When it comes to its booze - be it wine, beer, cider or spirits - Europe has a world-renowned heritage and reputation. But how can it avoid a hangover as tastes change?
The market size for alcoholic drinks in Western Europe has shrunk over the past five years. Statistics from Euromonitor show that, in terms of volume, the market contracted by around 5 percent between 2009 and 2015 from almost 46 billion litres of alcohol to 43.3 billion.
CNBC takes a look at how some of Europe's drinks industries are doing.
European beer, in particular, has struggled. The market was worth 131.5 billion euros ($148 billion) in 2009, but this fell to 122.5 billion euros 2014, a sharp decline of 6.8 percent.
However, European beer remains popular internationally. One of the world's biggest brewers, Heineken, sells 250 brands in 179 countries around the world.
"Europe has the reputation as an "old world" expert with a long-standing heritage of making great beers. Particularly Belgium, Germany, Czech Republic and U.K.," Jonny Forsyth, global drinks analyst at Mintel, told CNBC via email.
"This gives brands an automatic kudos among foreign drinkers who are increasingly influenced by Western lifestyles and trends and want the status and knowledge that they are drinking "the good stuff."
Despite its strong reputation, beer sales are being affected by two trends.
First, beers from the U.S. are becoming much more popular.
"Innovative American beer producers are really muscling in on the global beer sector because they are the craft beer pioneers and craft is really taking off around the world," explained Forsyth.
"This is making America seem a much more exciting and vibrant place for beer-making, and makes Europe look a little more old-fashioned."
Secondly, the craft beer revolution is taking significant market share from the large European brewers.
In the U.K., for instance, lager sales have dropped by 8 percent over the past 5 years according to market research by Mintel, whereas sales of bitters and ales have grown from 895 million litres in 2014 to 913 million litres in 2015.
"Global interest in craft beers is inspiring more local brewing," Forsyth said. "Microbrewers in Brazil, for example, have won international awards and made use of local Brazilian ingredients to create their own unique, local style of beers.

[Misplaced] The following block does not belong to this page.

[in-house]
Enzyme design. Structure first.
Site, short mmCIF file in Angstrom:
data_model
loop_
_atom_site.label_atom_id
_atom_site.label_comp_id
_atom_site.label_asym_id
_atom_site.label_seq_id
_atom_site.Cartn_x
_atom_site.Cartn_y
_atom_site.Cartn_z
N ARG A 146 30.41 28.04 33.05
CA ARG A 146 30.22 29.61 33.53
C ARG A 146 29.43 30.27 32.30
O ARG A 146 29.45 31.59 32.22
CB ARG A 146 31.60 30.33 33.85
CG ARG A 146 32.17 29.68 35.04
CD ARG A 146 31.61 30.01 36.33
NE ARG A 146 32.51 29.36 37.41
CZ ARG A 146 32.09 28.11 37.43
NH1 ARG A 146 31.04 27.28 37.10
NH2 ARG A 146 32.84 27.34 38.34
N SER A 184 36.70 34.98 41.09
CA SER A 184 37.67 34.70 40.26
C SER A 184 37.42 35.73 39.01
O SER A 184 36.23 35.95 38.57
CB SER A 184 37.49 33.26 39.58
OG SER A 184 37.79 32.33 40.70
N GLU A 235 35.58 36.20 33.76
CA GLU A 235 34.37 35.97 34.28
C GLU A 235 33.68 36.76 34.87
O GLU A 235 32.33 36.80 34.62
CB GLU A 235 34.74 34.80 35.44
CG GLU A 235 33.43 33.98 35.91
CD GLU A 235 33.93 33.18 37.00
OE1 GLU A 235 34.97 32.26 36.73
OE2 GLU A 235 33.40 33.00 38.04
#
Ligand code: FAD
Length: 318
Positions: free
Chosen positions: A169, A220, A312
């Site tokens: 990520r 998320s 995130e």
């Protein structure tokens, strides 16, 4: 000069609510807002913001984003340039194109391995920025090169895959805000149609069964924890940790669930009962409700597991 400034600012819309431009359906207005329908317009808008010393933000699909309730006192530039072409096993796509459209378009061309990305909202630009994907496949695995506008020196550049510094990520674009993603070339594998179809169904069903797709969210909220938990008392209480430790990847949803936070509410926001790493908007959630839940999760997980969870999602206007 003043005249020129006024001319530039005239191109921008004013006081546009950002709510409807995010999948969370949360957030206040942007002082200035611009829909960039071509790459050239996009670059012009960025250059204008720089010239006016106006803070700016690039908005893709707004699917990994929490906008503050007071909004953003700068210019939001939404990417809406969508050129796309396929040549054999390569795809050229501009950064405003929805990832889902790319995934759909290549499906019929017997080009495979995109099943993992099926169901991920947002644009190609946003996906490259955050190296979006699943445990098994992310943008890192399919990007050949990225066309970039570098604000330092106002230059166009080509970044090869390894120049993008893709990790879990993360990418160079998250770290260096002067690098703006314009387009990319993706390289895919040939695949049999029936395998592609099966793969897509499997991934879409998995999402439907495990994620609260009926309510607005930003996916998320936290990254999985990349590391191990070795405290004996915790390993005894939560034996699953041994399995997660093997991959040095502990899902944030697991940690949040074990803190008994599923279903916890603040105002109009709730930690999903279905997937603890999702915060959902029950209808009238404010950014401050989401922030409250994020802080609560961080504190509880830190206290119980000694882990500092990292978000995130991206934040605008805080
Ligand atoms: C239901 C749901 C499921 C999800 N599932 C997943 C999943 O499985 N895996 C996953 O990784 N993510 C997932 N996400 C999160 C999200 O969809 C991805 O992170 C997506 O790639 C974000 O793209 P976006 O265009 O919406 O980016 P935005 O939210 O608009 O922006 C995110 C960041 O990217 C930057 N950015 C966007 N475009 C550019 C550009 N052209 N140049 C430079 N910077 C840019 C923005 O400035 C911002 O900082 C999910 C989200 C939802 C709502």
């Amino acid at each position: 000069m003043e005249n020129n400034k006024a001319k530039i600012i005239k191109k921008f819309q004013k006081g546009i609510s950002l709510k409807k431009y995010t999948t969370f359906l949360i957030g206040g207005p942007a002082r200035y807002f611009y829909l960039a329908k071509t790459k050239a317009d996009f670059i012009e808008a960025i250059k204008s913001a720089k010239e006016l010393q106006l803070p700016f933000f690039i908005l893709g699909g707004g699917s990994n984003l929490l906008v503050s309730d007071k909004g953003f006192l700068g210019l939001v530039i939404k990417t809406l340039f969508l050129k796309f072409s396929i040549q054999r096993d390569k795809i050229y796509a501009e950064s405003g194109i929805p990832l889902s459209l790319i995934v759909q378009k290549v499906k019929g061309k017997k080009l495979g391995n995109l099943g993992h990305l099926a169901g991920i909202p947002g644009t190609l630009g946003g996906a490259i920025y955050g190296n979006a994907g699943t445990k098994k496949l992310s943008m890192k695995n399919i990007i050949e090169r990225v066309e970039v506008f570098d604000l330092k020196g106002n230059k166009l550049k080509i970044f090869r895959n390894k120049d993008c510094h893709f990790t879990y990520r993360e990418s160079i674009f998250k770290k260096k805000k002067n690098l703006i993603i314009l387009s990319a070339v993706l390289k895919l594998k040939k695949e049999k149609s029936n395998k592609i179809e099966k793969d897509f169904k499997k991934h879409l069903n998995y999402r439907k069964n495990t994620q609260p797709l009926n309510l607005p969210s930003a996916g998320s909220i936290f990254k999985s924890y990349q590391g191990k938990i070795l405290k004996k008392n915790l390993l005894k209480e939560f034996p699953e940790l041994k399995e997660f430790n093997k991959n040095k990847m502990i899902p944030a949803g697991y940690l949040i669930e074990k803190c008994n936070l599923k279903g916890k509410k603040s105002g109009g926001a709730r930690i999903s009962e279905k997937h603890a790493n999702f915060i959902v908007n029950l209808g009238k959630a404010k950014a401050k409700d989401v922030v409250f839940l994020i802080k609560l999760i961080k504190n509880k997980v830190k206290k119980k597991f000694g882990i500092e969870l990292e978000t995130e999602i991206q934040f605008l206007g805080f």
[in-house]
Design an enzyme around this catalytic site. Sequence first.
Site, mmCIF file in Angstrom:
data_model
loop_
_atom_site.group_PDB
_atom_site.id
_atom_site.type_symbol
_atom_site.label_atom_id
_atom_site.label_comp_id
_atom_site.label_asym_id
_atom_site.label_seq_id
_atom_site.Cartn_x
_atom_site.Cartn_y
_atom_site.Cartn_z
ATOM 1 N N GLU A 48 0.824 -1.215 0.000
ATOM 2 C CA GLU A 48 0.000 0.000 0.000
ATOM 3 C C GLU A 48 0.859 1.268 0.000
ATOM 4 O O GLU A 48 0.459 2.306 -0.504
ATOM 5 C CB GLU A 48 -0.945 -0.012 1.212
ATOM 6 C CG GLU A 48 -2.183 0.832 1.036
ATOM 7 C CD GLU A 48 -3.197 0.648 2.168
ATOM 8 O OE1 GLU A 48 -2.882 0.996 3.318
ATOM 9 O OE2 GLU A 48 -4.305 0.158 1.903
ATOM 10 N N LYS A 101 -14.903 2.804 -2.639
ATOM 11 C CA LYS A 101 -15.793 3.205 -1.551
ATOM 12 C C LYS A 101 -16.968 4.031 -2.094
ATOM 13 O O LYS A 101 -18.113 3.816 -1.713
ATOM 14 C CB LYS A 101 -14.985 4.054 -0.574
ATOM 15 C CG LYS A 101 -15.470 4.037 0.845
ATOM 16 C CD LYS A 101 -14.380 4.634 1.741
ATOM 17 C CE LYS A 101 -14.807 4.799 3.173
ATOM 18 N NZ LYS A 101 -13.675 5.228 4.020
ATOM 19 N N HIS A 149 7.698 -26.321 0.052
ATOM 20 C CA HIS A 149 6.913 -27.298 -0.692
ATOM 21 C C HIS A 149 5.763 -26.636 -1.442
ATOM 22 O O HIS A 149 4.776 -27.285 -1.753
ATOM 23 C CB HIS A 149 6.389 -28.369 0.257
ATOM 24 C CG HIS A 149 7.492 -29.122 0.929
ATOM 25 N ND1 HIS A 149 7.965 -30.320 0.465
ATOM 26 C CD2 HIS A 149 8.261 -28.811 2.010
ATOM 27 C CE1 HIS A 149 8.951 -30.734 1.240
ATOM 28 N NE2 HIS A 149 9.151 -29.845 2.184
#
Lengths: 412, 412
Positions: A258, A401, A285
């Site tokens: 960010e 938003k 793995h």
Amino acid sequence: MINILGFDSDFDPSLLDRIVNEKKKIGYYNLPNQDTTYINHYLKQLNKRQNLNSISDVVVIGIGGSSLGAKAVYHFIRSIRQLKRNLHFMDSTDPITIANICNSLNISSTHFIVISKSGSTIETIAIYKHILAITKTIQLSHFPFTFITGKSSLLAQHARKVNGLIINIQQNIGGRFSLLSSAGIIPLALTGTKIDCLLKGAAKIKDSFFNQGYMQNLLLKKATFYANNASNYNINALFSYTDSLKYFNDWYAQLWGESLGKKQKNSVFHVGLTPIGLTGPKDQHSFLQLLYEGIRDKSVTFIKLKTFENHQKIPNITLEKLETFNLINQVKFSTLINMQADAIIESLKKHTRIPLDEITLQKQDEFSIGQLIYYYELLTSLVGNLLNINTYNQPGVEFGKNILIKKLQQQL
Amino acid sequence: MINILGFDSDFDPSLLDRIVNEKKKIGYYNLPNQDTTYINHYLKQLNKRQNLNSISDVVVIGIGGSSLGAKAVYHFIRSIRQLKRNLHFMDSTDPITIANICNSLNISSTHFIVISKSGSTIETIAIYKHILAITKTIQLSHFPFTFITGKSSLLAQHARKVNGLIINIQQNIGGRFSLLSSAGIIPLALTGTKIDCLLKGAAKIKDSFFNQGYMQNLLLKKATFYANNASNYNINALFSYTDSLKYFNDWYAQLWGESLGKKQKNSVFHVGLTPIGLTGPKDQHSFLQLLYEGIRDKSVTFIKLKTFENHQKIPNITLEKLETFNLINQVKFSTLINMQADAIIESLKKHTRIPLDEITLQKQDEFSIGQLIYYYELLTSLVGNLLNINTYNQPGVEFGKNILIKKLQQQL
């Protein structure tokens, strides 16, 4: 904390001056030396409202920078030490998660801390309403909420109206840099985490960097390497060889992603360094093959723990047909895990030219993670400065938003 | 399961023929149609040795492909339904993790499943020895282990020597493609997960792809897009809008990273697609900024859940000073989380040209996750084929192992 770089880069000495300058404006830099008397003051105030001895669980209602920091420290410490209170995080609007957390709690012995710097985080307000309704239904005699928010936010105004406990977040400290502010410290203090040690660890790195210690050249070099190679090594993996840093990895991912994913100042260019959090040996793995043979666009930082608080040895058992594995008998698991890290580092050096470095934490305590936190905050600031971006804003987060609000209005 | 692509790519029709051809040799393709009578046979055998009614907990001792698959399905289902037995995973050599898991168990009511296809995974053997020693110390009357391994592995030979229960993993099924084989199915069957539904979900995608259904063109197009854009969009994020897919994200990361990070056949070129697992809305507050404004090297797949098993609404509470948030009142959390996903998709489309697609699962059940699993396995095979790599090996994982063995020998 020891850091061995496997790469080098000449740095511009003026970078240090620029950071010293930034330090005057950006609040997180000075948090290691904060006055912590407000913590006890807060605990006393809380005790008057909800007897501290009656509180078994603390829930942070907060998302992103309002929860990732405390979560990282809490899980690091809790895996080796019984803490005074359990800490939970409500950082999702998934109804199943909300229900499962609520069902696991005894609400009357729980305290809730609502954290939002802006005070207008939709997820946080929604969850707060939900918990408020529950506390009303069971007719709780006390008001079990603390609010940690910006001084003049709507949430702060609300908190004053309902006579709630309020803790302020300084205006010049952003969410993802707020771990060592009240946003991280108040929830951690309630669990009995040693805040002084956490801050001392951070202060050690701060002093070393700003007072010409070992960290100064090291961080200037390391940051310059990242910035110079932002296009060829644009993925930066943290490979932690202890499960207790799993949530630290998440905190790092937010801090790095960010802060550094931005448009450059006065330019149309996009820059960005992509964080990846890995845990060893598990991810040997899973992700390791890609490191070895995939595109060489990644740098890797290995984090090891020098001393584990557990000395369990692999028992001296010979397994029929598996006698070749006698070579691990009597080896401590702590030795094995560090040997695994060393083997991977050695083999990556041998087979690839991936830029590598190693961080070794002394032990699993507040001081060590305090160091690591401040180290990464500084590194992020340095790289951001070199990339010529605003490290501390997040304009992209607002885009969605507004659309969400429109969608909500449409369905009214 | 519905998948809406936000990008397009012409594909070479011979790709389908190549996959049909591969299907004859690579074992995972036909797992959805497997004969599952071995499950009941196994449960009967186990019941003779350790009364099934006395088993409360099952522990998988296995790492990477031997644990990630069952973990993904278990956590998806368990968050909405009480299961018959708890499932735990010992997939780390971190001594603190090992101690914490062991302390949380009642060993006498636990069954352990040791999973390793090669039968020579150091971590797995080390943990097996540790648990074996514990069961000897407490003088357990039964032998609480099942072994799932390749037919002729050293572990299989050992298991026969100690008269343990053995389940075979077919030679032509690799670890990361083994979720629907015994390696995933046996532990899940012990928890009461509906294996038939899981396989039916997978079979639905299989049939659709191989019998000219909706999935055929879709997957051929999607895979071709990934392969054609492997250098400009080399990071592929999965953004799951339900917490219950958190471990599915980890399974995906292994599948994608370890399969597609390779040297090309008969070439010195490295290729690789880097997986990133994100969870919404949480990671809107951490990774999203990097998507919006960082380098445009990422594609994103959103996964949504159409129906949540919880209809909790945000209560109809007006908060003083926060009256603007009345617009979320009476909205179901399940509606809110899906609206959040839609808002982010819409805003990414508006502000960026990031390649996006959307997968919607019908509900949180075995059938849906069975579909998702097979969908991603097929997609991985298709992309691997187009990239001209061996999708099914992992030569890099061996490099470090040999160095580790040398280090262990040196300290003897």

"Craft is mainly about local and experimentation so it is definitely conceivable that as locals realise they too can create great beer, that will eat into the share of the European traditional brewers."
This global competition has left Europe's big beer brewers with only a few choices.
Some have turned to acquiring their craft beer competitors, such as AB InBev, the world's largest brewer, which bought U.K. craft beer maker Camden Town Brewery at the end of in 2015.
Others have turned to offering a broader range of products, such as their own range of craft beers and making apple cider.
In contrast to beer sales, cider sales have increased, growing by more than 100 million litres since 2009 to 1.313 billion litres by 2015, an increase of 9.5 percent.
Spiros Malandrakis, senior industry analyst of alcoholic drinks for Euromonitor, explained why cider has become much more popular.
"[Cider products] are sweet in the palate, are easier to down and they have been doing really well across the pond," he told CNBC over the phone.
"Over the last three years, cider has been taking over the States like a storm, because it was positioned as much more artisanal, ideal for celiac disease [and] much more female friendly," he said.
Heineken, for instance, now offers cider and craft beer products to consumers.
"We expect to see continued and increasing consumer demand for premium and craft beers – segments where we are already winning," a spokesperson told CNBC via email. "Innovation is firmly embedded in our business and we have focussed our innovation spend on areas which will fuel continued growth, including cider, craft and variety beers."
European wine has also struggled in recent years. The market size shrank by 7.6 percent to 11.6 billion litres between 2009 and 2015, although the sparkling wine category has increased in popularity, growing by 6.6 percent to 1.16 billion litres over the same time period.
The wine market has changed as new countries have started to offer their own products.
"We've seen the rise of interesting wines coming from alternative countries, not from the usual suspects," explained Malandrakis. "English wine, for example, used to be a joke up to three years ago. Now it is getting many awards."
Climate change is also a factor, and some wine producers are future-proofing themselves by setting up shop in new locations.
"The major champagne houses are buying properties in the U.K. on the back of changes in climate," said Malandrakis.
"The changes in climate are already allowing the production of really high quality sparkling wines in the south of England and this is expected to be more so the case in the long term."
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